Scientists at all possible career levels are invited to this meeting – ranging from graduate students, postdoctoral fellows, and principal investigators both from academia and industry. There will be ample opportunities for individual presentations.  Conference website

User Research Administration

Beam Time Request Deadline

February 22 is the next X-ray/VUV Beam Time Request deadline for May-July scheduling.

Submit proposals and beam time requests through the user portal.

We encourage users to 'bookmark' this SSRL Deadlines page and set a reminder for these annual deadlines in their calendars. Deadline reminders are also included in user portal.

User Portal Update

An updated version of our User Portal is coming soon.  Our development team has been working extensively to convert our User Portal pages to a responsive, mobile-friendly interface.  Users should immediately find the newly redesigned top level pages easier to navigate through.  Stay tuned.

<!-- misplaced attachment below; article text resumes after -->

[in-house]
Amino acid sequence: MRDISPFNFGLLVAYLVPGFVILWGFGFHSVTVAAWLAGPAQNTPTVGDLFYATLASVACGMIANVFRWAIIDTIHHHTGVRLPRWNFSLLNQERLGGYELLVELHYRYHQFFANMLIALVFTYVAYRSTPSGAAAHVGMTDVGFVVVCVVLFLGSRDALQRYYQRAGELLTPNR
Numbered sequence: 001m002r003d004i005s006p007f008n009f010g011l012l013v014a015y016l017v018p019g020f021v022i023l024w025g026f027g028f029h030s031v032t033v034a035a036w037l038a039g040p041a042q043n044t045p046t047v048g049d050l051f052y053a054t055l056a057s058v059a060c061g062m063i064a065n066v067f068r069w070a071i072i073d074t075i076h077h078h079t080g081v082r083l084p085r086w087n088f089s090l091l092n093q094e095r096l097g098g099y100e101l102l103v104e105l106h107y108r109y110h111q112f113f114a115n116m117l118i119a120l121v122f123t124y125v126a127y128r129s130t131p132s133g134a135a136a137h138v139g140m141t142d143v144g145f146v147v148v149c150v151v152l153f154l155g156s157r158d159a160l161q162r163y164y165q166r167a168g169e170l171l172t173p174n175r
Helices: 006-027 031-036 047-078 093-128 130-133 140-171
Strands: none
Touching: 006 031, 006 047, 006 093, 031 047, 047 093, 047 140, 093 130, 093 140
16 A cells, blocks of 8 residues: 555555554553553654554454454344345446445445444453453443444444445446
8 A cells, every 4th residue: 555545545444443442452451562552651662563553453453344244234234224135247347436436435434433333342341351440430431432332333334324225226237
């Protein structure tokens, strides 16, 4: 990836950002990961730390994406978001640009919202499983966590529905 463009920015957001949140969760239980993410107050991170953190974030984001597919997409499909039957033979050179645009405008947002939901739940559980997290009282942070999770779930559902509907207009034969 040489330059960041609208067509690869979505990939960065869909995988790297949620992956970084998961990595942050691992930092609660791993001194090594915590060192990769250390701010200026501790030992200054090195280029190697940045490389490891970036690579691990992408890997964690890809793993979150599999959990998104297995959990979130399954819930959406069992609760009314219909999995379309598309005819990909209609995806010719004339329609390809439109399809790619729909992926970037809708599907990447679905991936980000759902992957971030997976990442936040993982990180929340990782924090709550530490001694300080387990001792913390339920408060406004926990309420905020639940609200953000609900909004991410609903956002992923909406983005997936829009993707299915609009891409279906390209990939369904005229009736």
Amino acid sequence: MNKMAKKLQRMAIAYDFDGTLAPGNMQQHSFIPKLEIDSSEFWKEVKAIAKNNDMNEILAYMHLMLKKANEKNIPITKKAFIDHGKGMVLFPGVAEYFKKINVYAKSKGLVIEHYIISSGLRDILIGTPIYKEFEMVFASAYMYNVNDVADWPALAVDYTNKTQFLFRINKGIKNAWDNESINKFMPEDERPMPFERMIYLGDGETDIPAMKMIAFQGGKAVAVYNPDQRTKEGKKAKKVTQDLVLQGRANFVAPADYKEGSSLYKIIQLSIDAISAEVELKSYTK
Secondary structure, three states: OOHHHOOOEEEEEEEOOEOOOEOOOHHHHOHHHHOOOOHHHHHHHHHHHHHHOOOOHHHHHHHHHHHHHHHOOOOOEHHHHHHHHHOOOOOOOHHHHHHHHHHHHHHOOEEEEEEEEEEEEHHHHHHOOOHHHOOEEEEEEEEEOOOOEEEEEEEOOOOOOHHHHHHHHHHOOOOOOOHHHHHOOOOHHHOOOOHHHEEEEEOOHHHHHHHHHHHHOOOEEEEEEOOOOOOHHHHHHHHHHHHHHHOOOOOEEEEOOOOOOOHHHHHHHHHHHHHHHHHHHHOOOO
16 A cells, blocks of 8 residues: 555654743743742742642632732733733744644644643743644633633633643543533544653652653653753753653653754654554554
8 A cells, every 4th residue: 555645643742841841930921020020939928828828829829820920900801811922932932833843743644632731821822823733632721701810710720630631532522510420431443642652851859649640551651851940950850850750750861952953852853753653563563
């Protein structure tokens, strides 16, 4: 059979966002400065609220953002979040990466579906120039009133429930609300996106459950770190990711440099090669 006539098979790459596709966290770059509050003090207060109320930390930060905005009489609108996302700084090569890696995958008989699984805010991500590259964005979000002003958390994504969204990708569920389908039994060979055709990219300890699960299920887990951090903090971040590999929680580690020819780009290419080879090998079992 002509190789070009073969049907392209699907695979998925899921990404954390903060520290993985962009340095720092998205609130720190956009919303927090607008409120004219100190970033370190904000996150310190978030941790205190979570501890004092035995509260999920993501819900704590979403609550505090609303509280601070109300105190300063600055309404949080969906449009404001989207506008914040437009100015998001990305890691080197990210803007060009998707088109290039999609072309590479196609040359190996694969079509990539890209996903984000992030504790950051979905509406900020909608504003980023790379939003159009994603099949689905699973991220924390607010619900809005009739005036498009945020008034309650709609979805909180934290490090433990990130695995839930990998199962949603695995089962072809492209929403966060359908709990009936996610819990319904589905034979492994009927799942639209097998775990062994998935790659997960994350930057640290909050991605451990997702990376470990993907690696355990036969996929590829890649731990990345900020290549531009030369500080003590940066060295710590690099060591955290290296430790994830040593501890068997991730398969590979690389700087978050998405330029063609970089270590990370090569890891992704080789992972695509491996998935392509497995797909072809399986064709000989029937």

The Stanford Synchrotron Radiation Lightsource (SSRL) is a third-generation light source producing extremely bright x-rays for basic and applied research.  SSRL attracts and supports scientists from around the world who use its state-of-the-art capabilities to make discoveries that benefit society. SSRL, a U.S. DOE Office of Science national user facility, is a Directorate of SLAC National Accelerator Laboratory, operated by Stanford University for the U.S. Department of Energy Office of Science.  The SSRL Structural Molecular Biology Program is supported by the DOE Office of Biological and Environmental Research, and by the National Institutes of Health, National Institute of General Medical Sciences. For more information about SSRL science, operations and schedules, visit

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Questions? Comments? Contact Lisa Dunn